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Published In: Species Plantarum 2: 676. 1753. (1 May 1753) (Sp. Pl.) Name publication detailView in BotanicusView in Biodiversity Heritage Library

Project Name Data (Last Modified On 8/18/2017)
Acceptance : Accepted

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2. Geranium L. (crane’s bill) (Aedo, 2000, 2001)

Plants annual, biennial, or perennial herbs, sometimes with rhizomes. Stems prostrate to erect or ascending at maturity, sometimes reddish- or purplish-tinged. Leaves basal and alternate or opposite. Leaf blades simple, shallowly to deeply palmately lobed with mostly 5–9 main lobes, the main veins palmate, the veins and margins sometimes reddish- or purplish-tinged. Stipules mostly 3 at each node (by fusion of adjacent stipules on 1 side but not the other). Inflorescences axillary clusters of mostly 2–5 flowers, usually appearing umbellate. Sepals narrowed or tapered (sometimes abruptly so) to a minute sharp point or short awnlike extension at the tip. Stamens 10 (5 in G. pusillum), the filaments free or fused at the base, gradually broadened toward the base. Staminodes absent (5 in G. pusillum, these scalelike, shorter than the filaments of fertile stamens). Mericarps at maturity with the stylar beaks remaining attached to the apical portion of the column, the basal portion ovoid (rounded or broadly angled at the base), curling upward, dehiscent. Seeds oblong-ellipsoid, the surface smooth or with a fine network of ridges and pits, brown. Three hundred to 430 species, nearly worldwide, but most diverse in temperate regions.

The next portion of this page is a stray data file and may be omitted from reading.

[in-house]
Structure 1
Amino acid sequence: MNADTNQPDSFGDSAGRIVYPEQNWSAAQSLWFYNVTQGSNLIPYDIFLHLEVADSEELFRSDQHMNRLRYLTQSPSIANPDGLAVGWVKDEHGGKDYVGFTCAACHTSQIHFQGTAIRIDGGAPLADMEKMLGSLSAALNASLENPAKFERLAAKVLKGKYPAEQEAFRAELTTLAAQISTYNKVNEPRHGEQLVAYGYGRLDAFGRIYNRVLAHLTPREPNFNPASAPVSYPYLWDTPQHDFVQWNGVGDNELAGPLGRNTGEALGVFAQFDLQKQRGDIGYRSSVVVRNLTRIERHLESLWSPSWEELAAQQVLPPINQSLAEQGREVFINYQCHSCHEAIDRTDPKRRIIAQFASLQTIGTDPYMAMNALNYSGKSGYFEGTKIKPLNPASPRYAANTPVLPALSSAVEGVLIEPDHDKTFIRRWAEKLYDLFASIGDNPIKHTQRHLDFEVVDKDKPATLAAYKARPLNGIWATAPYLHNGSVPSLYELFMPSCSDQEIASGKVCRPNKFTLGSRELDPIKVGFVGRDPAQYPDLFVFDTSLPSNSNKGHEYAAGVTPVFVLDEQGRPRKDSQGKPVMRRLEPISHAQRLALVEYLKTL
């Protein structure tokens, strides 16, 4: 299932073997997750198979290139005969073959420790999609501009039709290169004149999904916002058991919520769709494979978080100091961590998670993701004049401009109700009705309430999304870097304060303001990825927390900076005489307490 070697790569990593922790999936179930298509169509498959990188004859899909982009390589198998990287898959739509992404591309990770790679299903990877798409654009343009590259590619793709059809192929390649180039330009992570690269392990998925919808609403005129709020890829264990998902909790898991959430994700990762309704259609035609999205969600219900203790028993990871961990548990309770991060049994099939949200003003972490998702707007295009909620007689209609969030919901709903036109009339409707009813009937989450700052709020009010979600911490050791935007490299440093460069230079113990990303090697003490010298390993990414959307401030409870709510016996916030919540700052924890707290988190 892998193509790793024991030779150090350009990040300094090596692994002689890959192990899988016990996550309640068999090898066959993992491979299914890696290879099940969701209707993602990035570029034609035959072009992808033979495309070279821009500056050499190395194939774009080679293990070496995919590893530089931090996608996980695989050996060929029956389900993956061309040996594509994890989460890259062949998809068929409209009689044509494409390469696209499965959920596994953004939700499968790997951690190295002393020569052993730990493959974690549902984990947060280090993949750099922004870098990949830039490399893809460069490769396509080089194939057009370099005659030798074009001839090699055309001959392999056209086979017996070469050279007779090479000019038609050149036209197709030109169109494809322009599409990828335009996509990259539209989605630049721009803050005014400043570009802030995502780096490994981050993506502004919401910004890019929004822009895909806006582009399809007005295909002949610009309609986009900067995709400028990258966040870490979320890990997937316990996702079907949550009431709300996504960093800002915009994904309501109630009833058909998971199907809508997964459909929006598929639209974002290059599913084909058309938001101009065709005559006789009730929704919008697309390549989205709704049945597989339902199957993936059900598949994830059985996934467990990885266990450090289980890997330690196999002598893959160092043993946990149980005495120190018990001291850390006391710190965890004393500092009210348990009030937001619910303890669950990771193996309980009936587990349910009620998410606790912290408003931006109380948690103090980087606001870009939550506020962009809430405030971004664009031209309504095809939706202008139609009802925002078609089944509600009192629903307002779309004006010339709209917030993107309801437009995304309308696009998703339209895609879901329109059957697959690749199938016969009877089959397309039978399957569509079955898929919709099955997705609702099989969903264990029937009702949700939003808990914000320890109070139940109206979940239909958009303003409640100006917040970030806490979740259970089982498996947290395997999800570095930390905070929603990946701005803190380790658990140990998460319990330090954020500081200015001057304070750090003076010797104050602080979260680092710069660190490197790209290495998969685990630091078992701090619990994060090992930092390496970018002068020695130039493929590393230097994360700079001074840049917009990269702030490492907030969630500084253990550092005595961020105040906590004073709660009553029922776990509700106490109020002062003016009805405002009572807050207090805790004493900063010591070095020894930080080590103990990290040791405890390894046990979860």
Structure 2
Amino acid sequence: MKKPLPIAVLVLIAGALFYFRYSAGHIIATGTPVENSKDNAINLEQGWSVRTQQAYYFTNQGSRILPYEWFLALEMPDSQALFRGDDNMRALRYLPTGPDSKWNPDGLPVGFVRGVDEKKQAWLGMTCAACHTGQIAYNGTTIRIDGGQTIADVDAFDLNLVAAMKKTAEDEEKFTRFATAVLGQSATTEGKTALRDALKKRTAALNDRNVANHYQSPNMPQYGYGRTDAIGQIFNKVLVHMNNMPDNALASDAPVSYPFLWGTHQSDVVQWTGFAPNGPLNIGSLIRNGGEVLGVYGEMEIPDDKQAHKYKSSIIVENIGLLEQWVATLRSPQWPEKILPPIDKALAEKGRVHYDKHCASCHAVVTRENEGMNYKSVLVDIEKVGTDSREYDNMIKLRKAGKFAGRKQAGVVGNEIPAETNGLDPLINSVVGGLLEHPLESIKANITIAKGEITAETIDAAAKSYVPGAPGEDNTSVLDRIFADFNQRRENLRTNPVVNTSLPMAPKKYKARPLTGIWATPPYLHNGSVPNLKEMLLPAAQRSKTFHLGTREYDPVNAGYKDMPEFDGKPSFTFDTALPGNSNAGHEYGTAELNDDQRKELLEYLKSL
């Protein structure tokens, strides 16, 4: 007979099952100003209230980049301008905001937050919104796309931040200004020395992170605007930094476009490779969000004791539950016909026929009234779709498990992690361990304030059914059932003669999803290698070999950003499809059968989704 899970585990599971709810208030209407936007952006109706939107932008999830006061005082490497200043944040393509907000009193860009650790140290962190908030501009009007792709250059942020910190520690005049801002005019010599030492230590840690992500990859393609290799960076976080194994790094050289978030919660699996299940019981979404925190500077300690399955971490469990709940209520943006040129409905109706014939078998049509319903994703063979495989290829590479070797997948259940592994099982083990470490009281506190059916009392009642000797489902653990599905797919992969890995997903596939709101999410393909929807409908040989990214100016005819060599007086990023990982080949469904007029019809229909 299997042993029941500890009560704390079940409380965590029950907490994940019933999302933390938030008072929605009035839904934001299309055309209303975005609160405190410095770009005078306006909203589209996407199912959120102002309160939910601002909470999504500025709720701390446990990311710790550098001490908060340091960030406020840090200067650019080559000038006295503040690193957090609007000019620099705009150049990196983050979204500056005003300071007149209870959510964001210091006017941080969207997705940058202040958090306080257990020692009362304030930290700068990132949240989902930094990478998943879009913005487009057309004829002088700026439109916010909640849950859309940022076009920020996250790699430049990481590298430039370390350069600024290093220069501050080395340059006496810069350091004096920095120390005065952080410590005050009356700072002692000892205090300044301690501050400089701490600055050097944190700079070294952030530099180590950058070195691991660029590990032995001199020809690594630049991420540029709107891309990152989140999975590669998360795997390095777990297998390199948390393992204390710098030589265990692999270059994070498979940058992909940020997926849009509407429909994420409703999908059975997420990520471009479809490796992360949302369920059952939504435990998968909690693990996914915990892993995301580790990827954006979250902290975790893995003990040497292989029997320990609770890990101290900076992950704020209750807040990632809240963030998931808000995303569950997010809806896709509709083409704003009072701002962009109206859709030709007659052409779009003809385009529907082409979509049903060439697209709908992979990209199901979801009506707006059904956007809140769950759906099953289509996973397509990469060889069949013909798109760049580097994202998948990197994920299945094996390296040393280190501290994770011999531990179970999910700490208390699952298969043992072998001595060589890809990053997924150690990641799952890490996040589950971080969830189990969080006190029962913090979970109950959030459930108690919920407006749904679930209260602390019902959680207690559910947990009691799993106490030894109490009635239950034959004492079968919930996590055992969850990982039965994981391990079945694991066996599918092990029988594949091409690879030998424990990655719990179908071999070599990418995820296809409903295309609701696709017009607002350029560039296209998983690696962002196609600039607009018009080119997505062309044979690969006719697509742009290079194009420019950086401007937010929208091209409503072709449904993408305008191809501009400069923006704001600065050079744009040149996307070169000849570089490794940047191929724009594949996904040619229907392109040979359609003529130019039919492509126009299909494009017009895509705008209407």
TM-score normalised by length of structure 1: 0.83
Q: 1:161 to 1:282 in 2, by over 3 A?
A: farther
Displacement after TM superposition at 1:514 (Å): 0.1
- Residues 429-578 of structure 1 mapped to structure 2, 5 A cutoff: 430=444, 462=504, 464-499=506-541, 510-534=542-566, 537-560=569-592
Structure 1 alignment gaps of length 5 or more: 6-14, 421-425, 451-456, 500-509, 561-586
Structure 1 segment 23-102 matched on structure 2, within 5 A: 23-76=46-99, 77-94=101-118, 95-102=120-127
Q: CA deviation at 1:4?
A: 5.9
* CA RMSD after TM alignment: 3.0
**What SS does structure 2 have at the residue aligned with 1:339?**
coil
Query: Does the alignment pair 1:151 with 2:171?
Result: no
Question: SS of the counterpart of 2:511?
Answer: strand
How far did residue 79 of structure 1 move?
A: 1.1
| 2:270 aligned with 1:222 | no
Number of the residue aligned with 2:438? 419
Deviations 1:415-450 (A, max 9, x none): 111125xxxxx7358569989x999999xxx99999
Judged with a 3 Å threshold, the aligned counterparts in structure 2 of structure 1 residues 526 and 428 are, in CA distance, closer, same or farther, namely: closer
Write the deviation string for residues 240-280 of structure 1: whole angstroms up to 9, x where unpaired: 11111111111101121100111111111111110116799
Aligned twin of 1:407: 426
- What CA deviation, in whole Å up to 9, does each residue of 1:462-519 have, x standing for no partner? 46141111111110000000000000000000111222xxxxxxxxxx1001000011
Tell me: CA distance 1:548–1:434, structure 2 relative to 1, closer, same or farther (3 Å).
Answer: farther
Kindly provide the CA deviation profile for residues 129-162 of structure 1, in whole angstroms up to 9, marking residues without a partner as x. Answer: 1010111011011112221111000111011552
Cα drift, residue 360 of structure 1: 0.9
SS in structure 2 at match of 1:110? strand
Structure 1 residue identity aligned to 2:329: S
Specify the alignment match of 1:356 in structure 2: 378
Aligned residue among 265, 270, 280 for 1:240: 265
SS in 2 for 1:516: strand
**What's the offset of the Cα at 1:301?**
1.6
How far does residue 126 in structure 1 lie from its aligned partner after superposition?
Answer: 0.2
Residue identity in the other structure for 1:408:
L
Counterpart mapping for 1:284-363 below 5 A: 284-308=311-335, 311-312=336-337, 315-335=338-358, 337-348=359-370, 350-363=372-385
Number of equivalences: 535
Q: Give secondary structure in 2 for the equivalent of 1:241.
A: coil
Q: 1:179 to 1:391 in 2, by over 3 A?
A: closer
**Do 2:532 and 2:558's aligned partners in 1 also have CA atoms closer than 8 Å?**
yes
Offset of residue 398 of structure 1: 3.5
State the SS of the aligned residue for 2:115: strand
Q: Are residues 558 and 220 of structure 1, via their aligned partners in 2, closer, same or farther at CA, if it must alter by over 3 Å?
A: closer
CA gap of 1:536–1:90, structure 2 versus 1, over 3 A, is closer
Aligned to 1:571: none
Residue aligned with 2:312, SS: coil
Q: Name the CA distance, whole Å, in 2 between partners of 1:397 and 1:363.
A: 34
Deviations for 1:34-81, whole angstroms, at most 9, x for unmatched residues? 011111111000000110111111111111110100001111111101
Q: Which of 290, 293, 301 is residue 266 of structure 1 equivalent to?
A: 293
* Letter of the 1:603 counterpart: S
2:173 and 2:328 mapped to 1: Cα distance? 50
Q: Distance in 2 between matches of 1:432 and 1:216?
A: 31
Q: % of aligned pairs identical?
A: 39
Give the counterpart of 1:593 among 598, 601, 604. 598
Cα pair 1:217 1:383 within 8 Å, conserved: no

Seed dispersal in most Geranium species is explosive. As the mature fruit dries, the beak of each mericarp acts as a spring, placing outward tension on the basal portion. At dehiscence, the apical portion of the beak remains fused to the central column and the basal, seed-containing portion is suddenly released, curling upward, catapulting the seed up to several hundred cm away (K. R. Robertson, 1972).

In some species, the stylar beak is differentiated into 2 regions, a longer columnar portion above the seed-containing base, which is tapered abruptly into a slender beaklike extension above the column and below the stigmas, but in other species this extension is absent and the columnar portion narrows directly into the stigmatic region. This distinction is perhaps confusing when rendered into words, but is an important character in the determination of fruiting specimens.

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